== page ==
Before you do anything, go to this link
- it is what saved me!! This link is to get to the evaporator out of a 240D. Many of the components are very VERY similar - esp the steering wheel removal
Follow Dave Morrison's photos, up to photo 22 - it is an excellent reference
Tools needed - mostly 8 mm and 10 mm adjustable, and socket set with extensions. Esp when you start unbolting the dash from underneath Also, the classic tools will help....
This photo shows the dash still in the car, but a couple of things have been done beforehand:
Remove the steering wheel (you can take to emblem out of the steering wheel and get to the one nut that holds the steering wheel to the shaft. Remove the car lights switch and the parking brake cable on the left side of the dash
Remove the interior box for the glove box - see photos 53 and 54
Go under the dash and remove the lower plastic coverings - Dave Morrisonâ€™s, photos 26-32 is similar. This includes removal of the ventilation ducts. Now you should be able to reach underneath and get to most of the items inside.
Remove the front radio speakers
Pull the radio out.
Remove and disconnect the air conditioning temperature panel. This is now a good time to check over the bulbs that light up the panel and to do any repairs ,as the panel is very brittle. Before or after installation. You can disconnect the rocker switches at this point also.
Remove the 2 bolts that connect the center console to the dash. (They are located just above the temperature panel.)
Pull all the rugs out of the car.
Move both seats far forward to get to the screw on either side of the center console. You will also need to unscrew the center console screw just above the Air conditioning panel. You have to move the WHOLE console back about 2 inches If you look at the photo, you will see I have already pulled it back.
Below are the screw locations that some folks say is easier to get to by pulling out the seats. I did one of them, and don't think you need to do this, but move the seats forward to unbolt the inboard seat belt bar, and to get to the Phillips head screw behind them
photo of passemger side center console bolting
photo driver's side, showing seat belt bar unbolted. The arrangement is similar to Dave Morrison's
Go back to Dave Morrison's photos 32 and 35. The center console should now be out of the way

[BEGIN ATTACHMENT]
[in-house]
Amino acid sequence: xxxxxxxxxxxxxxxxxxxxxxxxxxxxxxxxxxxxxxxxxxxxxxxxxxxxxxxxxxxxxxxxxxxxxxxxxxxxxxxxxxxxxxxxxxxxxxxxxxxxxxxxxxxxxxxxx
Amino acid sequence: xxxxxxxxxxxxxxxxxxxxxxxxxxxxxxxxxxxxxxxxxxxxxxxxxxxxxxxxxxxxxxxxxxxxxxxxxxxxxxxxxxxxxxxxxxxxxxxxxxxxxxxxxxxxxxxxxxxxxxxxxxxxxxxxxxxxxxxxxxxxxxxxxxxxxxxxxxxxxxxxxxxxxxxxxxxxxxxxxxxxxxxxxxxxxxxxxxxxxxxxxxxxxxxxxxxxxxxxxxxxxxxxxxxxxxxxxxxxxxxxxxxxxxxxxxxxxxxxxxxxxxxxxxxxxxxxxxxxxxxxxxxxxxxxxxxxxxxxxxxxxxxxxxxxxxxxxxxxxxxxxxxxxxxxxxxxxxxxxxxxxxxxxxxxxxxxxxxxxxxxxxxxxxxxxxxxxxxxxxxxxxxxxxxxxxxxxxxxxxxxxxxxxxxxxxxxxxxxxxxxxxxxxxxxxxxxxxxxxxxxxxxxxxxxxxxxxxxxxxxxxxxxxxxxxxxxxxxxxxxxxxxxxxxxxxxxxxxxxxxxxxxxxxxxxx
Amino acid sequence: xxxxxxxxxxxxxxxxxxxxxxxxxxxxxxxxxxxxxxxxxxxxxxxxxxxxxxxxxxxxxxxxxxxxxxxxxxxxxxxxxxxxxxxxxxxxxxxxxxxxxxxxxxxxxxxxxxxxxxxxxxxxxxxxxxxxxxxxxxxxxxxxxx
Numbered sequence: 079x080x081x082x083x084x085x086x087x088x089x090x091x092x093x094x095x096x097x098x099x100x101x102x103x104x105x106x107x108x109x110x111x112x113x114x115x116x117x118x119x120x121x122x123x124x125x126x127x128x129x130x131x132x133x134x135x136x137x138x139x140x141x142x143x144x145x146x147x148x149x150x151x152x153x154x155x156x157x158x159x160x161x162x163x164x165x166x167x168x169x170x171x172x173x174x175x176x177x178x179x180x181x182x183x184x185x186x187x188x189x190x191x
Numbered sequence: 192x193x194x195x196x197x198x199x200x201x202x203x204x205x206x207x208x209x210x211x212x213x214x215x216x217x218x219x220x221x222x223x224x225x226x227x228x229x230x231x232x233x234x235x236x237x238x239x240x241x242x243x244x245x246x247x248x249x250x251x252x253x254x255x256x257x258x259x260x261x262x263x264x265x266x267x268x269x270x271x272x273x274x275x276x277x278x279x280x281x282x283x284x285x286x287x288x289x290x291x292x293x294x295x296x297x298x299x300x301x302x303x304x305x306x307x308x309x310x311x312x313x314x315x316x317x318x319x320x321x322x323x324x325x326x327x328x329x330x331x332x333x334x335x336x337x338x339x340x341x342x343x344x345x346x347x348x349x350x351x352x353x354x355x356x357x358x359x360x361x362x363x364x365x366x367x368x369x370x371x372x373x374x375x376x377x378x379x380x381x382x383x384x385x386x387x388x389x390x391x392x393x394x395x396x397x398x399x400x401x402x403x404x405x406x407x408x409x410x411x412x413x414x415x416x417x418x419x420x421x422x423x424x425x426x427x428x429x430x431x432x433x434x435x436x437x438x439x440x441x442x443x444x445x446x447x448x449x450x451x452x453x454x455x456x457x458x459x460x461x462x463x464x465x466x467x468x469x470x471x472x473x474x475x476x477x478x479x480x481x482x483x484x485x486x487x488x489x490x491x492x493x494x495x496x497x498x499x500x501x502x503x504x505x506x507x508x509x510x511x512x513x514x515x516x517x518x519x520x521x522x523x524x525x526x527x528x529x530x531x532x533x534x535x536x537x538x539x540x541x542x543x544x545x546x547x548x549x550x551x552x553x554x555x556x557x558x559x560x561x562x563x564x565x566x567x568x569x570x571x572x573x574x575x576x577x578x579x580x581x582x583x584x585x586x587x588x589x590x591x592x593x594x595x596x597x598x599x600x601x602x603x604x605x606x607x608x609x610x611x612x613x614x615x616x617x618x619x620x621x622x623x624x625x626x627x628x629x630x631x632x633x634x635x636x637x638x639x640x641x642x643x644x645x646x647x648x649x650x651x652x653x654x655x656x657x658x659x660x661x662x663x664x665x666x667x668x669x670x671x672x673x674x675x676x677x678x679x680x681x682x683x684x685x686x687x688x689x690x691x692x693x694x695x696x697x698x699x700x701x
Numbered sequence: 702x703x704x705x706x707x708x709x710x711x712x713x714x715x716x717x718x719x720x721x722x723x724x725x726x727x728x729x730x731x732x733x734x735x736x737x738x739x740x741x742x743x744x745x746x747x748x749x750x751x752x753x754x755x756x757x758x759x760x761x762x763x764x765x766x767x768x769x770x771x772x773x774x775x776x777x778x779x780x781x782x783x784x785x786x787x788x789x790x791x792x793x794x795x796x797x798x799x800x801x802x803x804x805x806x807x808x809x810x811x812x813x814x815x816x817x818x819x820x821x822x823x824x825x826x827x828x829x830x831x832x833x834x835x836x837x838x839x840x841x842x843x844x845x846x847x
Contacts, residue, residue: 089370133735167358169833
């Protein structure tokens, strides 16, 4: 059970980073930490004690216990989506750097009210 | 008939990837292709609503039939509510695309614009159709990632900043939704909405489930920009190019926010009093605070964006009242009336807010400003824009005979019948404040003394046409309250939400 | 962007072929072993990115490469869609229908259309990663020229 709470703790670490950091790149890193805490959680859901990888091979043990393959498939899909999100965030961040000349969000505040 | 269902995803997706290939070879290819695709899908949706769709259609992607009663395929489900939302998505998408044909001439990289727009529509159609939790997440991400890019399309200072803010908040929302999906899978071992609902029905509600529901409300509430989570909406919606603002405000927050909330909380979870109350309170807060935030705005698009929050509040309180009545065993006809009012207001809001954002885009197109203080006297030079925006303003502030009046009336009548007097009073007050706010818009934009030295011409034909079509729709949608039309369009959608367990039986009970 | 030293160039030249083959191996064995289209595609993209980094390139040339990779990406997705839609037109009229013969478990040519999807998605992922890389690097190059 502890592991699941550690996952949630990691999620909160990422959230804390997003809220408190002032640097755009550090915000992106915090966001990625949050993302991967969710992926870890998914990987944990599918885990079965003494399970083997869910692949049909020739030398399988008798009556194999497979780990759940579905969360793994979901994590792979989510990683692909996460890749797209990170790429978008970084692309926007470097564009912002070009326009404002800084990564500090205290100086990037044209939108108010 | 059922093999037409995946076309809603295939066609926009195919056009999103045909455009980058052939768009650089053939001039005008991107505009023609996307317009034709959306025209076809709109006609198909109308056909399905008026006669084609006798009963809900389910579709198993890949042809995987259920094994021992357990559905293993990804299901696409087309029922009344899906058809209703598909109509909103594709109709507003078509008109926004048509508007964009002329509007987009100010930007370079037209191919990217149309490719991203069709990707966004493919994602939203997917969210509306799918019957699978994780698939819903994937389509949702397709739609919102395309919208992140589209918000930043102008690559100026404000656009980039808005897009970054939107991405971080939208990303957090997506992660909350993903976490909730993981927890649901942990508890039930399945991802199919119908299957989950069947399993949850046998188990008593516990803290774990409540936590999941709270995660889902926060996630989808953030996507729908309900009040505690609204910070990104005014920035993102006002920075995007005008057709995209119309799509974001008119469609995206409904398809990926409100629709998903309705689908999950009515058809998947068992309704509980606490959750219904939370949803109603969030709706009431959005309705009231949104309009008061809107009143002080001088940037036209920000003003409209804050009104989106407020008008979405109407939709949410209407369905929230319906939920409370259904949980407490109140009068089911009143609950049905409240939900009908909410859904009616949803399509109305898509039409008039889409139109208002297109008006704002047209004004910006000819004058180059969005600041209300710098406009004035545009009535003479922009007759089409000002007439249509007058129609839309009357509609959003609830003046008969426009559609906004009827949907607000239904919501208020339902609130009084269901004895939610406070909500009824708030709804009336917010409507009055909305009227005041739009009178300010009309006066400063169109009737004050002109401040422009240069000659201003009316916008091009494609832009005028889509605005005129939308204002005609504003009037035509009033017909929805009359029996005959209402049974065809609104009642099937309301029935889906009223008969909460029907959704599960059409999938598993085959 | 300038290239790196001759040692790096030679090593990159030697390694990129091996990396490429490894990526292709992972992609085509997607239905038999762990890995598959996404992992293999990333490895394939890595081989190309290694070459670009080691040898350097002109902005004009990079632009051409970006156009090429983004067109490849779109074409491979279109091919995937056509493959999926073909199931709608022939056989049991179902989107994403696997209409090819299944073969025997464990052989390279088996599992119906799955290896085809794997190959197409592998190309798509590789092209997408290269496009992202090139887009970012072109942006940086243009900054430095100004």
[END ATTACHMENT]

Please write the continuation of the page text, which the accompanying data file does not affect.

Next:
Now for the fun part.
I was lucky I had purchased a new dash. As I recall, it was about $800. Note the 6 locations where it would bolt into the car. (nuts 1 and 2) locations are just forward of the front radio speakers (left and right), there is a center bolt (3) that you can only loosen with an 8 mm socket, from the glove compartment side in the center of the console when you loosen it, go a couple of turns - DO NOT REMOVE. The (4) bolt is on the right side, pretty visible once the lower air conditioning duct on the passenger side is removed. The last 2 (bolts and nuts 5 and 6), are connecting the dash to the center console (which should have been unbolted already)
Photo new dash upside down â€“ look it over, as you will see where the bolts and studs line up when you put it in,
I would skip over most of Dave's stuff, up to photo 48. I did not find it necessary to go that deep into the panel, but photo 48 will show you how to pull the speedometer panel out. The best way is to get to the cable with your hand from underneath and spin the retaining nut off. The push out the speedometer panel just enough to unbolt the pressure sensor. It will be on the left of the panel. The you should be able to get the panel into your hands and disconnect all the wires.
Go to Dave's photos 49 and 50. Here is where you will remove the headlights switch and disconnect the emergency brake.
Follow along on photo 51-58, for removal of the front side coaming and moldings.
Now you should be ready to pull out the dash.
From Dave's write up: "Remove the dash from the passengers side first and move it out the passengers door. You will have to lift the dash off the defroster tubes on the evap box. Once lifted off them, it will come out. Watch the turn signal stick. Donâ€™t break it. Don't twist the dash as this may cause cracking.
One word about reinstalling the dash. As you install the dash, the lip of vinyl at the front of the dash next to the windshield will curl up and make it difficult to get under the windshield rubber. Using the same flat tool used to remove the A pillar moldings works well. Hold the dash in position and slide the lip under the weather strip
Once it is out, the defroster ducts should come out with it
Now, if you never saw the inside of the dash, now you will. A good time to check the rubber hoses, the servos and general condition of the rubber pcs inside.
photo of center duct servoâ€™s - good time to check them out with a vacuum pump
photo of center duct
photo of passenger side â€“ fan motor in right side
Now you can take the vents out and put them into the new dash. Take your time, they will fit. It is a little time consuming. This is also the time to dismantle the glove box, as now you should see how it is attached to the old dash.
photo on driverâ€™s side, showing ignition sw.
Once this is all assembled - the air vents and glove box, to can now get it into the car. I would strongly recommend that you put soapy water all around the front end of the dash to help you slide it into place. The best way is to push the driver's side in first, then SLOWLY work you way in from the rightside, so the Heater control unit will mount up to the defroster ducts you had just remounted to the the new dash.
Old and new dash, side by side
new dash hardware installed â€“ ready for the car
Now it is time for re-assembly. And working my way back through the steps above, I got is all back together.